Gastroenterologist and senior Wakefield turncoat author John Walker-Smith has just died. Before retiring in 2000, he was a colleague of Dr. Andrew Wakefield’s at the Royal Free Hospital where they published a number of papers on autism and bowel disease. One of those was their seminal 1998 paper that first described a connection between autism, bowel disease and vaccination. Walker-Smith would later infamously retract the possibility of a vaccine link with nine other coauthors in 2004.

Despite his betrayal of vaccine-injured children in doing so, many of their parents continued to support him. When he was practicing medicine, he had treated and helped many children with autism whose gastrointestinal symptoms were dismissed by other doctors. Had his medical contributions ended there, he would be rightly seen as a hero. But that was not to happen, as he would betray the very children he helped.

The year after Walker-Smith retired from medicine, Dr. Andrew Wakefield was run out of the Royal Free Hospital for their research. Following his dismissal, the hospital’s GlaxoSmithKline-backed Head of Medicine Mark Pepys launched an aggressive campaign to discredit the work Walker-Smith and Wakefield conducted and obstruct vaccine injury litigation. Wakefield never wavered, but Walker-Smith eventually did.

Pepys started his attacks first by intimidating the 1998 paper’s coauthors still employed at Royal Free. Then through leaking medical records to a freelance opposition researcher, Pepys targeted Wakefield and Walker-Smith directly. Within weeks of allegations of unethical research publicized against them both, Walker-Smith signed his name to the infamous retraction.

Although he would successfully appeal the allegations and strike them down in court, he kept his name on the retraction. Not once did he demand the journal reinstate the 1998 paper nor demand his medical board reinstate Dr. Wakefield’s license.

Yet Walker-Smith still enjoys considerable support in the autism community which he does not deserve. No one has done more to make censorship of vaccine injury more publicly acceptable than John Walker-Smith. His betrayal of vaccine-injured children will be his everlasting legacy.

Pharma Puppet Who Ejected Wakefield Was Behind Murch Retraction


“I said I wouldn’t transfer my unit if he was there.” “We paid him to leave.” – Sir Mark Pepys on autism-vaccine scientist Dr. Andrew Wakefield

A doctor heavily backed by GlaxoSmithKline who took credit for Dr. Andrew Wakefield leaving the Royal Free Hospital made his coauthors fraudulently retract the interpretation in his paper. Seven of the 10 coauthors were working for Royal Free when they signed their names to the statement, including lead turncoat Simon Murch. Wakefield even predicted the Royal Free hierarchy would force Murch’s retraction months before.

Years after Pepys orchestrated the fraudulent retraction, he tried to orchestrate an “investigation” against Wakefield’s research. In response, Wakefield wrote a letter to University College London later published in his book Waging War on the Autistic Child that revealed a history of Pepys’ dishonesty and bribery (boldface mine):

I understand from his statements on BBC Radio 4, that Professor Mark Pepys is to conduct an investigation of my research while at the Royal Free Hospital School of Medicine. May I suggest that he is not a good choice for this task, for the following reasons:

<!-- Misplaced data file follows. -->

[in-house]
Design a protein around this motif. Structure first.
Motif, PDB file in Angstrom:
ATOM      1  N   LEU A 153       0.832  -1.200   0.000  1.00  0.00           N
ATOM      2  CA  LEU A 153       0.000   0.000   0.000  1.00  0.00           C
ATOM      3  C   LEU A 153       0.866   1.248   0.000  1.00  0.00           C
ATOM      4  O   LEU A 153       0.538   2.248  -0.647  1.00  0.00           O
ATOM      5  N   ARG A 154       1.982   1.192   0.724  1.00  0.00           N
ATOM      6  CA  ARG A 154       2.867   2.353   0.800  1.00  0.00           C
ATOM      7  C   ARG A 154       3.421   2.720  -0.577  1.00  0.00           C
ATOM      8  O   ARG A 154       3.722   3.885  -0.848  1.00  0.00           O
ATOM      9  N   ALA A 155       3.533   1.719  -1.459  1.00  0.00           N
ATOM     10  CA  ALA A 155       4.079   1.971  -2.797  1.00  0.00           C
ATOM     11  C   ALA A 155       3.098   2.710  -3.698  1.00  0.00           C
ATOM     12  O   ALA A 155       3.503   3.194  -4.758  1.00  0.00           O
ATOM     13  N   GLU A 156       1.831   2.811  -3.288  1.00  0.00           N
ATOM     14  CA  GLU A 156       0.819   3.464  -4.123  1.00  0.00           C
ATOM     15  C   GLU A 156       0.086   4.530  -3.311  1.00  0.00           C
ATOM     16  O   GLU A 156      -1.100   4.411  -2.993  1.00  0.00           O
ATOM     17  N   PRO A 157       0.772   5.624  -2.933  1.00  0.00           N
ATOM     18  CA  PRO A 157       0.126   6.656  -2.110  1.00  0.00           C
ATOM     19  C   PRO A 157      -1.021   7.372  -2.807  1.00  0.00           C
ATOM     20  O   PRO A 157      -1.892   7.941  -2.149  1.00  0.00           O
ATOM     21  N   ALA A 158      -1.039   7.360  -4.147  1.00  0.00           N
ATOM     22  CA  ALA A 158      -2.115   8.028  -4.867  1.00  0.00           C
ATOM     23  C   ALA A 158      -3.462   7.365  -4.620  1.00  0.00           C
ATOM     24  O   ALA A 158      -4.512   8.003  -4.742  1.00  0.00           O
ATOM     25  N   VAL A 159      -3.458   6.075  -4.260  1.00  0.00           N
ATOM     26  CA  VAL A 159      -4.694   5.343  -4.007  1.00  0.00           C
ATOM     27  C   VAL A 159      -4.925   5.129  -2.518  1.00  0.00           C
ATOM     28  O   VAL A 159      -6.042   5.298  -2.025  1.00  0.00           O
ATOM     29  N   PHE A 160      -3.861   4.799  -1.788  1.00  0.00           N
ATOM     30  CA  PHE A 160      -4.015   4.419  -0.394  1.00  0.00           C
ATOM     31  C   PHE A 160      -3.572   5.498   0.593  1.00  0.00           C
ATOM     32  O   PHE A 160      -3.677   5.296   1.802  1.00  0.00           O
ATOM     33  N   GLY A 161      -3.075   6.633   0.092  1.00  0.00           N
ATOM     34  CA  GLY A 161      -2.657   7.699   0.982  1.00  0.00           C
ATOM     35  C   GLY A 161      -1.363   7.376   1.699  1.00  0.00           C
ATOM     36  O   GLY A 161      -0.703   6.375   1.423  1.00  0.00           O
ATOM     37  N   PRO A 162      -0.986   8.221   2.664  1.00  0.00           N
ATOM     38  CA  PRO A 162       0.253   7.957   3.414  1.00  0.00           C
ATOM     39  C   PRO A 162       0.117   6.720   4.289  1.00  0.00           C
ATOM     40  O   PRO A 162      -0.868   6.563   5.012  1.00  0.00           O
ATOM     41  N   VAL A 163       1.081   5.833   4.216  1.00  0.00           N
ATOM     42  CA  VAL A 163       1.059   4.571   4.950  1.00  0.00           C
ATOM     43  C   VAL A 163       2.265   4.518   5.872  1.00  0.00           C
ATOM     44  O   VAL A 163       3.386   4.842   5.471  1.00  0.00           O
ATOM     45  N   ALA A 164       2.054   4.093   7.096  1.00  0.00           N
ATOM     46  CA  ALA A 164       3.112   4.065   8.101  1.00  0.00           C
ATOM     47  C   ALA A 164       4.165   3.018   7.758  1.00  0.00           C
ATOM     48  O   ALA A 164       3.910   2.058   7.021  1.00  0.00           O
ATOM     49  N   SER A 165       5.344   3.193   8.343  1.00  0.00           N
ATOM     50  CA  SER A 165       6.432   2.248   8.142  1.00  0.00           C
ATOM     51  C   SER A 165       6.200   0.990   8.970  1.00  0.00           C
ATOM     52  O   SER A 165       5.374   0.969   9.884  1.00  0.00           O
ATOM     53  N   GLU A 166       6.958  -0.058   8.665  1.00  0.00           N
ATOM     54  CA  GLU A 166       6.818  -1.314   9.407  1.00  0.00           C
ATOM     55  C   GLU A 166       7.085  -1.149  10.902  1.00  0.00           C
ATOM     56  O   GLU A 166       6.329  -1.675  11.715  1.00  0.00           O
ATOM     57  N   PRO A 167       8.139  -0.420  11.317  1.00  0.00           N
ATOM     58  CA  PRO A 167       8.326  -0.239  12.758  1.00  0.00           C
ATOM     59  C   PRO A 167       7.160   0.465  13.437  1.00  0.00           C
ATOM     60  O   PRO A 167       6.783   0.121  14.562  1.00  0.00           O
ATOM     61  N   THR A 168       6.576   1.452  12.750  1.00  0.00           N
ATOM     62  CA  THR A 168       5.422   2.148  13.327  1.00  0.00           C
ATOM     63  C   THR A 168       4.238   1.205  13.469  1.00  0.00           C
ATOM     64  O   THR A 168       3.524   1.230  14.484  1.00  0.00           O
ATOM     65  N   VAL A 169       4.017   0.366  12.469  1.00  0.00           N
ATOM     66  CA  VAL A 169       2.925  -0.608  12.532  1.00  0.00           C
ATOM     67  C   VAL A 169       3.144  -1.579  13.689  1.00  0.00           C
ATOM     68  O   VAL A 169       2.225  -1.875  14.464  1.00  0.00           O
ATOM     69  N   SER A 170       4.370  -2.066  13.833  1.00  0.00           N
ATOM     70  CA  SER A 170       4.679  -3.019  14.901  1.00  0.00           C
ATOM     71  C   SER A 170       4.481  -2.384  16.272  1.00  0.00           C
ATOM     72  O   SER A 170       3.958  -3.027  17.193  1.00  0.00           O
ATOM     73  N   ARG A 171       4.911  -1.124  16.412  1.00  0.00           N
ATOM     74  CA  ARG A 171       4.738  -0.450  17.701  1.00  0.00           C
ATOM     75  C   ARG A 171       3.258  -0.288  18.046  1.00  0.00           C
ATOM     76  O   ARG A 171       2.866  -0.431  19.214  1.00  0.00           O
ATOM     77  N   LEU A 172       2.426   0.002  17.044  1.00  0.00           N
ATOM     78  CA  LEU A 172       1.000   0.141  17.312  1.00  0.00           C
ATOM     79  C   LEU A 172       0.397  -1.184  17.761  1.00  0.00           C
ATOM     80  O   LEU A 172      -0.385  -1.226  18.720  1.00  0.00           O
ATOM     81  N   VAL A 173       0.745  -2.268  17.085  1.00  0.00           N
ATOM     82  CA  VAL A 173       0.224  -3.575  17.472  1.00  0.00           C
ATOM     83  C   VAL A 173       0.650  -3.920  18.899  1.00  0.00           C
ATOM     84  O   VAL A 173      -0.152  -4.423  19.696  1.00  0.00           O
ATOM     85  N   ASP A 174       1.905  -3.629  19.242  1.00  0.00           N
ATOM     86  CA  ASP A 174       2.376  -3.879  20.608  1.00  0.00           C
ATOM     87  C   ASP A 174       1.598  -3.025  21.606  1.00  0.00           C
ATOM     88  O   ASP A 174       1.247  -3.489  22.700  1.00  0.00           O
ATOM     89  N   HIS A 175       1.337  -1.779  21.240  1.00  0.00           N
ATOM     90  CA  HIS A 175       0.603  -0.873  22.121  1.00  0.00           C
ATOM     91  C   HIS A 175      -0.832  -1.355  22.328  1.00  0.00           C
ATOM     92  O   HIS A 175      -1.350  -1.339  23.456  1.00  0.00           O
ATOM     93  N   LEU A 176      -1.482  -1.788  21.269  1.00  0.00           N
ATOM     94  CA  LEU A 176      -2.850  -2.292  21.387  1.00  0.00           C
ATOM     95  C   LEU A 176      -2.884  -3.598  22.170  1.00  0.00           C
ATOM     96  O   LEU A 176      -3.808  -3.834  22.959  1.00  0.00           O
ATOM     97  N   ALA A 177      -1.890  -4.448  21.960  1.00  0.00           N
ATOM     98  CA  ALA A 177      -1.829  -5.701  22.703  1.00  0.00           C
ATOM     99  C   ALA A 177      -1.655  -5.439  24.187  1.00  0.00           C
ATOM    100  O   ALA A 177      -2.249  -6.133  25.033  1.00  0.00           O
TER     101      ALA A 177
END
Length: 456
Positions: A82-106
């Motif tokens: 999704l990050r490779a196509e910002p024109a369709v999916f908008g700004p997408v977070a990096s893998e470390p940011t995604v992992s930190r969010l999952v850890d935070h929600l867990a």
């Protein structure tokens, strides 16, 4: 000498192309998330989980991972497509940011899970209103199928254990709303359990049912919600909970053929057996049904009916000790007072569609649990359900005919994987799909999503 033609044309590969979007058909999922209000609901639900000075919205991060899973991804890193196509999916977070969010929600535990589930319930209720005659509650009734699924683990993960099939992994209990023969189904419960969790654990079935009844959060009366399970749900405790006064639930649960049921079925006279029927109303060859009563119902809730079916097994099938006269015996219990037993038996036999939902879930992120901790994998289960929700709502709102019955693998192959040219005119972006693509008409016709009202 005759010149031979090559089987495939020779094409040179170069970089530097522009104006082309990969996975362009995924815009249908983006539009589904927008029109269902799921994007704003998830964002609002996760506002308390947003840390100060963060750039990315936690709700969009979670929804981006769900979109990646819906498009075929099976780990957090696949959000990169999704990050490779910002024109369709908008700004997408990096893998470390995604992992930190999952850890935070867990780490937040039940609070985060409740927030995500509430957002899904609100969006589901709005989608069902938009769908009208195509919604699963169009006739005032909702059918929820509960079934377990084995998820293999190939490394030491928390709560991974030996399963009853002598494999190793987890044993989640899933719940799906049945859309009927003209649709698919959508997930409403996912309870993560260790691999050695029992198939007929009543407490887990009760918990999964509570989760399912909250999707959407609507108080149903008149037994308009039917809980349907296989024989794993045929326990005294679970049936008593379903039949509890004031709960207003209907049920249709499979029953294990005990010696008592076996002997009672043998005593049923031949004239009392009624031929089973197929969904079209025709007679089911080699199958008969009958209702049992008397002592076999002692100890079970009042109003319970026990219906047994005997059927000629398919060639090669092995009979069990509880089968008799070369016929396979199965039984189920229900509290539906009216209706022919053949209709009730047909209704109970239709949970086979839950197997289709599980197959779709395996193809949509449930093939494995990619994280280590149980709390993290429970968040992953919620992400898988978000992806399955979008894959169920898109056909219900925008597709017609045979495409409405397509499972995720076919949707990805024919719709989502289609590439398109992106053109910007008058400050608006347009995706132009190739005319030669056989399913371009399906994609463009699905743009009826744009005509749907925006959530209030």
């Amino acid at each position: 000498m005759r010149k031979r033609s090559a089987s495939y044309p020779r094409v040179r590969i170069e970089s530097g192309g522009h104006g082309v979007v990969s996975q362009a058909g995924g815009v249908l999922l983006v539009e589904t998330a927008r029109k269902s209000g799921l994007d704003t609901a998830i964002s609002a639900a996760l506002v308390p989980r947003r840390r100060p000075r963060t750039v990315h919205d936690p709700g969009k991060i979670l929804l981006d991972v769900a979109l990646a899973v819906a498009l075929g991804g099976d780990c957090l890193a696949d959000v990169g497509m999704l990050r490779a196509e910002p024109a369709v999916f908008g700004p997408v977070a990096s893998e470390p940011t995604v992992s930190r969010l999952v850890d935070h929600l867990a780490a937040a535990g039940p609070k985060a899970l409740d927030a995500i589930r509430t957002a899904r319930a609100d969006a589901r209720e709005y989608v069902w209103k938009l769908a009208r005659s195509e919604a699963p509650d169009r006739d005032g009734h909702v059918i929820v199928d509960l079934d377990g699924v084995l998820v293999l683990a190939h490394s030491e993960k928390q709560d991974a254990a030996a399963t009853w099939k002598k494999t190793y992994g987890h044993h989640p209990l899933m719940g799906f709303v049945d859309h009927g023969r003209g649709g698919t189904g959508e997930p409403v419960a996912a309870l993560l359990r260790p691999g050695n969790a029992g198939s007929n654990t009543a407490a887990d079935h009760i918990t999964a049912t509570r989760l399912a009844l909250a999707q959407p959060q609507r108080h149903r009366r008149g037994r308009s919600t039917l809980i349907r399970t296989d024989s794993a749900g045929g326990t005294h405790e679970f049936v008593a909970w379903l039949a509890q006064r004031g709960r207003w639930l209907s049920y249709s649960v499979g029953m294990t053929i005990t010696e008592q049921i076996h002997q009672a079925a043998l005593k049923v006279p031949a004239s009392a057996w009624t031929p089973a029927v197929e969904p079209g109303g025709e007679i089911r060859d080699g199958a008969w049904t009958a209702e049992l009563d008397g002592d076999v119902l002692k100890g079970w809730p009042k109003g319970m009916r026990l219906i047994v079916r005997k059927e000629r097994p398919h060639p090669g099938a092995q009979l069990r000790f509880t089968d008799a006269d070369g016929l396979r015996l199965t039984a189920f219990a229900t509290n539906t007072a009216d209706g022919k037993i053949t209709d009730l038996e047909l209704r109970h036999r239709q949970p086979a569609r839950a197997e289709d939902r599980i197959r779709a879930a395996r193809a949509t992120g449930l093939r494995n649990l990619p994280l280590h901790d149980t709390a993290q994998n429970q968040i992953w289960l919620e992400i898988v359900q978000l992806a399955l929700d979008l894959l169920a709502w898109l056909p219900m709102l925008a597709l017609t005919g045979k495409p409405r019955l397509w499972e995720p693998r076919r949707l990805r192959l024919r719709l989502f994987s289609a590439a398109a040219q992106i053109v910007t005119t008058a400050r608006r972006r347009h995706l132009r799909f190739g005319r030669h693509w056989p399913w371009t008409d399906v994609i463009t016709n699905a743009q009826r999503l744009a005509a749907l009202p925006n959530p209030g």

1. He has a real conflict of interest-having initially declined his appointment at the Royal Free until I had been removed. The following are extracts from Professor Pepys’ attendance note with Kate Emmerson of Field Fisher Waterhouse, the GMC’s lawyers, on 12th April 2005. 

“He [Pepys] accepted the job on the condition that Wakefield was removed (this didn’t happen).”

“MP would have dismissed W but others at the Royal Free were unwilling to do so. MP was really the only person at the Free who was putting forward anti-W views.”

2. Having taken up this appointment, (his above condition having been rejected [Pepys’ bluff had been called]), in the company of the Dean and the School Secretary, he confirmed to me that, despite having strong negative opinions about my research, he had never actually read any of it.

3. A book is due to be published later this year covering Professor Pepys’ activities in relation to my work. It will allege, supported by documentary evidence, conspiracy to execute a bribe with a senior academic from another institution in order to destroy peer-reviewed grant-awarded research looking at vaccine safety. This book will unfortunately be a source of major embarrassment for UCL and The Royal Free. May I suggest you ask Professor Pepys to provide you with his email traffic from the relevant period October 1999 to 2002? This traffic has already been examined by third parties. 

4. Professor Pepys’ extreme bias against me has been evident throughout my dealings with him. He expressed this in public in his Harverian oration, as well as on the BBC.

5. He is deeply conflicted due to his relationship with vaccine manufacturers GlaxoSmithKline. He is totally unsuited to lead any investigation of my research.

Pepys is now leading GlaxoSmithKline vaccine trials. How could any patient possibly enroll in a vaccine trial led by this guy when he promotes covering up vaccine side-effects?

Any decent human being should demand that any drug trial led by Sir Mark Pepys be shut down.